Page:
petcock at over 60 mph. Don't run low if you have a serious load on the
engine. Top ends have burned up by running out of gas. On the /2, it
was common for the piston to get so hot that it blew a hole in the top. We
call that a "holed piston" and the parts that blow down into the lower end can
get into the lower end and ruin the crank. The owner could replace the top
end and think all is well, but a few thousand miles later the lower end shows
symptoms of failure.
BMW motorcycle fuel flow tests
It is a good idea to measure the number of seconds that it takes to fill a
fixed volume container from each petcock. Record it for future comparison.
An Everbest will flow 100 cc of fuel in about 12-15 seconds with a half full
tank. Only when it would get up to around 20 seconds would I remove the
petcock to investigate it further. A full tank will flow more fuel than a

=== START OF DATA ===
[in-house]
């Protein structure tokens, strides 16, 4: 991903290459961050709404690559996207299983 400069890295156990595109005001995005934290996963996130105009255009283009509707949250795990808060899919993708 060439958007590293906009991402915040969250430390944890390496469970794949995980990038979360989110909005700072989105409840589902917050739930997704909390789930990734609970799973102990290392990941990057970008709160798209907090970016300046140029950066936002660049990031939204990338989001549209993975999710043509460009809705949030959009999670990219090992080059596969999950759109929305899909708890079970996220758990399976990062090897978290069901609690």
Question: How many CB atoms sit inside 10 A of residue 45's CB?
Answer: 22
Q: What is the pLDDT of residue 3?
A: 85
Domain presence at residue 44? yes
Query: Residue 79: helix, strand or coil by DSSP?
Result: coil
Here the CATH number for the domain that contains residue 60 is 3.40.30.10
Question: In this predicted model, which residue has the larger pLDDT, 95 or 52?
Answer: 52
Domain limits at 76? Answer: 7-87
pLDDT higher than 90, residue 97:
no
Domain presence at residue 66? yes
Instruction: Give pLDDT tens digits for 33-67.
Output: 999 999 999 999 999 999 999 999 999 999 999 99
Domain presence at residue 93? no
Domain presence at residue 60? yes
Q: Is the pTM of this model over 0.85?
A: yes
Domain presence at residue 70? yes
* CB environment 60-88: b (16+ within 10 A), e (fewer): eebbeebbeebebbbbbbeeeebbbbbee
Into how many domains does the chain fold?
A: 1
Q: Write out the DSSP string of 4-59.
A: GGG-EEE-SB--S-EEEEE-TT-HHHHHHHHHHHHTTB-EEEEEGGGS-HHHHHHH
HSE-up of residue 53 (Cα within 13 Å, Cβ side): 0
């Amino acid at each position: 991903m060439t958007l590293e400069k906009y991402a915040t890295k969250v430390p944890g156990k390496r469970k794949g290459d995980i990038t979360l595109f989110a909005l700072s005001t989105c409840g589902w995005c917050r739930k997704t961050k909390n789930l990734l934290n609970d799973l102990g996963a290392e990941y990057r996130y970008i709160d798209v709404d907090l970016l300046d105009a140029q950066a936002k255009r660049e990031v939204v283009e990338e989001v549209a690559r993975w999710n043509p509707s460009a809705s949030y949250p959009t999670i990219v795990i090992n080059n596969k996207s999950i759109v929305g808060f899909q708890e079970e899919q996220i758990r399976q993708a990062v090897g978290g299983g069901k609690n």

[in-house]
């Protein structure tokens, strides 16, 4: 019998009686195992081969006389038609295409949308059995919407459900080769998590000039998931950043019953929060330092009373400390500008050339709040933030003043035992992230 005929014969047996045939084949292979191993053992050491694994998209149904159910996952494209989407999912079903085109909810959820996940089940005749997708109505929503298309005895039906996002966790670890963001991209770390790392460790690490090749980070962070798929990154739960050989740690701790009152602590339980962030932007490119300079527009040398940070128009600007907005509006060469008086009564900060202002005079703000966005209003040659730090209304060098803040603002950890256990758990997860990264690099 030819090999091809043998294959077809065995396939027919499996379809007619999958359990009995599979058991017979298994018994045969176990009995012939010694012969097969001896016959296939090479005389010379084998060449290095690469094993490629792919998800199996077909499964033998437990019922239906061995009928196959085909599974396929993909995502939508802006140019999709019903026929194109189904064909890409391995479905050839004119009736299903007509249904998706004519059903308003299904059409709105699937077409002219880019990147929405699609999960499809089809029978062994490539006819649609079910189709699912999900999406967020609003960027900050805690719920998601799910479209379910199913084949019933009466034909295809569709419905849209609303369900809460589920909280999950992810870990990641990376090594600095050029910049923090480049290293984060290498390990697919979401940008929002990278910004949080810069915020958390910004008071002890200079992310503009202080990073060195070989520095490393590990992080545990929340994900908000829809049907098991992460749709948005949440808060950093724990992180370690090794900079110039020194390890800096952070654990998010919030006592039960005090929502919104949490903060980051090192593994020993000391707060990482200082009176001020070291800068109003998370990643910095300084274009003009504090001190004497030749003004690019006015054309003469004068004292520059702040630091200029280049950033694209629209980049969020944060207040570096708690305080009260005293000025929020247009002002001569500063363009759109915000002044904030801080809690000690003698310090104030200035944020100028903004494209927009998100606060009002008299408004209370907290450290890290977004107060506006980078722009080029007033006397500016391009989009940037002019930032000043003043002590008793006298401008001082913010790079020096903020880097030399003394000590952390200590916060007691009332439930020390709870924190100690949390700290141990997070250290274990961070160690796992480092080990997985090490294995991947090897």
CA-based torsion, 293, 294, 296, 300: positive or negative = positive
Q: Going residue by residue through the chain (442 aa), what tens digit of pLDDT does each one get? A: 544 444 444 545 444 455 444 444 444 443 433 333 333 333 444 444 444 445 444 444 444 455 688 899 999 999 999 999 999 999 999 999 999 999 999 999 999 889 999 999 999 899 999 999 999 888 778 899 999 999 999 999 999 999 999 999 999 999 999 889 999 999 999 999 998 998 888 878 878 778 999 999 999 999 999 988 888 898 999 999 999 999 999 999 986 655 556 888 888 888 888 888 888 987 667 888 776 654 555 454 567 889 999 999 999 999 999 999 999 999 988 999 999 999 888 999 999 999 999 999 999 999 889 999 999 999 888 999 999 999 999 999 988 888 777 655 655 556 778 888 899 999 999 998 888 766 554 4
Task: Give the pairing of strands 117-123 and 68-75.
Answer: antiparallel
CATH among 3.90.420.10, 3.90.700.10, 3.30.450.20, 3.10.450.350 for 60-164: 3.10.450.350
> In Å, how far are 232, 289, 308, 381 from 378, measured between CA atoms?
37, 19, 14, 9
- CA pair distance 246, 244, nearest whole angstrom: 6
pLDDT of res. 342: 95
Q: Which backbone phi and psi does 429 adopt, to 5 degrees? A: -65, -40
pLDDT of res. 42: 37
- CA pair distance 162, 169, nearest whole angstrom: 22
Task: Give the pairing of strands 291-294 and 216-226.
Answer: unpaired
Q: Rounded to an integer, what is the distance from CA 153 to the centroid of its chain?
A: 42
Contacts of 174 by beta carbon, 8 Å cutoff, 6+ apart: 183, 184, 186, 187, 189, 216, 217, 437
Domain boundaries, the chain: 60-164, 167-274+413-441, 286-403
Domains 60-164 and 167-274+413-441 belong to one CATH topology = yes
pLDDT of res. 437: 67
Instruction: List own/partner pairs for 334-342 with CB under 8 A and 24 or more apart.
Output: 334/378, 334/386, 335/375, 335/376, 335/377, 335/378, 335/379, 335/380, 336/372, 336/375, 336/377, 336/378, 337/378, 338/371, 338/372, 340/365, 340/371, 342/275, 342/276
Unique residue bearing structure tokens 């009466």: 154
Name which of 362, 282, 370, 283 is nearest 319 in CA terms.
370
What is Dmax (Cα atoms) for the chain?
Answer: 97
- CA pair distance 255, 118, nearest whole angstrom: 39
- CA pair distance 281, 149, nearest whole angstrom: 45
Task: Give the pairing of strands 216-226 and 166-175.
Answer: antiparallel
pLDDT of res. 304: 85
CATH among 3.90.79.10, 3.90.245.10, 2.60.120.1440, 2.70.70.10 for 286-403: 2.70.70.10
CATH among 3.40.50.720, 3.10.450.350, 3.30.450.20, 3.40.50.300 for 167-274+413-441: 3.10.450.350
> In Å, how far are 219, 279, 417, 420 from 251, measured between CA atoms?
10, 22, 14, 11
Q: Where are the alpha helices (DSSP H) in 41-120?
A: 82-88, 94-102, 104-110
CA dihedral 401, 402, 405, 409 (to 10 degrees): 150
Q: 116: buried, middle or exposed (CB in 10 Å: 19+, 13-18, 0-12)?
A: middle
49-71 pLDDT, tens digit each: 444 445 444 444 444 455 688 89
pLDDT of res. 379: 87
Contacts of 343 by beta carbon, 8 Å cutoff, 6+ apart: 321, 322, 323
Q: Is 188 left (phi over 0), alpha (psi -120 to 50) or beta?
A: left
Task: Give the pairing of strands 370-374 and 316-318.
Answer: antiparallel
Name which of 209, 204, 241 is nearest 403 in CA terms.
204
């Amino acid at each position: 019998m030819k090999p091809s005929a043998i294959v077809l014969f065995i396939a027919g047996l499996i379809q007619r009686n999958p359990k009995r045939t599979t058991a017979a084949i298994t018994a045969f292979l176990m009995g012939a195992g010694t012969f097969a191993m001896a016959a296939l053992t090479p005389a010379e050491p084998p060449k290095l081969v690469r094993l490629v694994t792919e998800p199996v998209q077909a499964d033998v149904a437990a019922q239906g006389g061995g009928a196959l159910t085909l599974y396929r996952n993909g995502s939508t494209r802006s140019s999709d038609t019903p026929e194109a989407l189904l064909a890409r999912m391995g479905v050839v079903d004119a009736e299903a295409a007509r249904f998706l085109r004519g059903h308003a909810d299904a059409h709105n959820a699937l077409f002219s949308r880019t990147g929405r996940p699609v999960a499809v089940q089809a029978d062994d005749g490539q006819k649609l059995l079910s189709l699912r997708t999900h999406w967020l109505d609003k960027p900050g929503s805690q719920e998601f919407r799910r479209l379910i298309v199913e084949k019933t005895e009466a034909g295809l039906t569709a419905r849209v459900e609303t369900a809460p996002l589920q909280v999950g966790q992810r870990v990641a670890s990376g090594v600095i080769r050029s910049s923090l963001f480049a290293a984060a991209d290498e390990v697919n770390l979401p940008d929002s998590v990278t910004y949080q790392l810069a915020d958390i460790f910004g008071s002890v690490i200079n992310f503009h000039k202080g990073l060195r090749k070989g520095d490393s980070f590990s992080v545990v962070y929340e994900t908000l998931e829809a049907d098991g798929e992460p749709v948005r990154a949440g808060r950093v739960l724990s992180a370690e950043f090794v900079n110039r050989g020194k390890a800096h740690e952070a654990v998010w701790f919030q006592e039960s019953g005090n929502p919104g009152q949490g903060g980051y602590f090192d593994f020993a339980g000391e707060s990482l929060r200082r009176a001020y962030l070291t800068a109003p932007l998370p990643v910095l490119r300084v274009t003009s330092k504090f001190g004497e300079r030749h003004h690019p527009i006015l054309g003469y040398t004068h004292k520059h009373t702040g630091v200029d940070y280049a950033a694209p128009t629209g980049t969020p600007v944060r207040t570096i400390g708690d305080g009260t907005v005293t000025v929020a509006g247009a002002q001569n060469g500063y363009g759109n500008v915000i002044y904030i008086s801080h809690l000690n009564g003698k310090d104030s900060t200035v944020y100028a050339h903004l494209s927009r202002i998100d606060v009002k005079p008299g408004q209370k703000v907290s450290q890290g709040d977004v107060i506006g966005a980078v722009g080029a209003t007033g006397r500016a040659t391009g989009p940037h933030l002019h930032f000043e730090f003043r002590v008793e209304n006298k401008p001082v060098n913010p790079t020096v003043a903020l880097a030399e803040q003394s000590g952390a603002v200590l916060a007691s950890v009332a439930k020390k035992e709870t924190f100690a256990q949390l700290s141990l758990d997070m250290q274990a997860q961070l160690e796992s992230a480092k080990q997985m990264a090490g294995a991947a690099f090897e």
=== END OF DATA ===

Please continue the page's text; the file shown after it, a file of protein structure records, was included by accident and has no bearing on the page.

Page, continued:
low one, so take that into account in your flow measurements.
Notice the appearance of normal flow, as you need to be able to recognize it.
Later when you have some high speed problem, you will be able to easily check to
see if it is fuel flow related. If you pull the fuel line off often and
let the fuel flow freely, you will eventually learn to see what is "normal" and
what is "too little".
If you think that you may be seeing less fuel flow than you want, here is a
quick test. Remove the lower end of the fuel line at the petcock that you
want to check. Use air pressure to try to blow any dirt upwards and back
into the fuel tank. Be sure to clean out both main and reserve positions.
Now test the flow again. If it has improved, then you have just proven
that the fuel flow system was clogged up. You haven't fixed anything at
all, only temporarily relieved it. This might get you home, but you must
drain and clean the entire fuel system soon.
Other /2 BMW motorcycle fuel flow problems
This crossover was almost completely clogged up. This
shows only some of the dirt.
The dirt that came out of a tank into a large dish pan.
This will kill a /2 top end.
The /2 BMW has a crossover line directly between the two sides of the tank.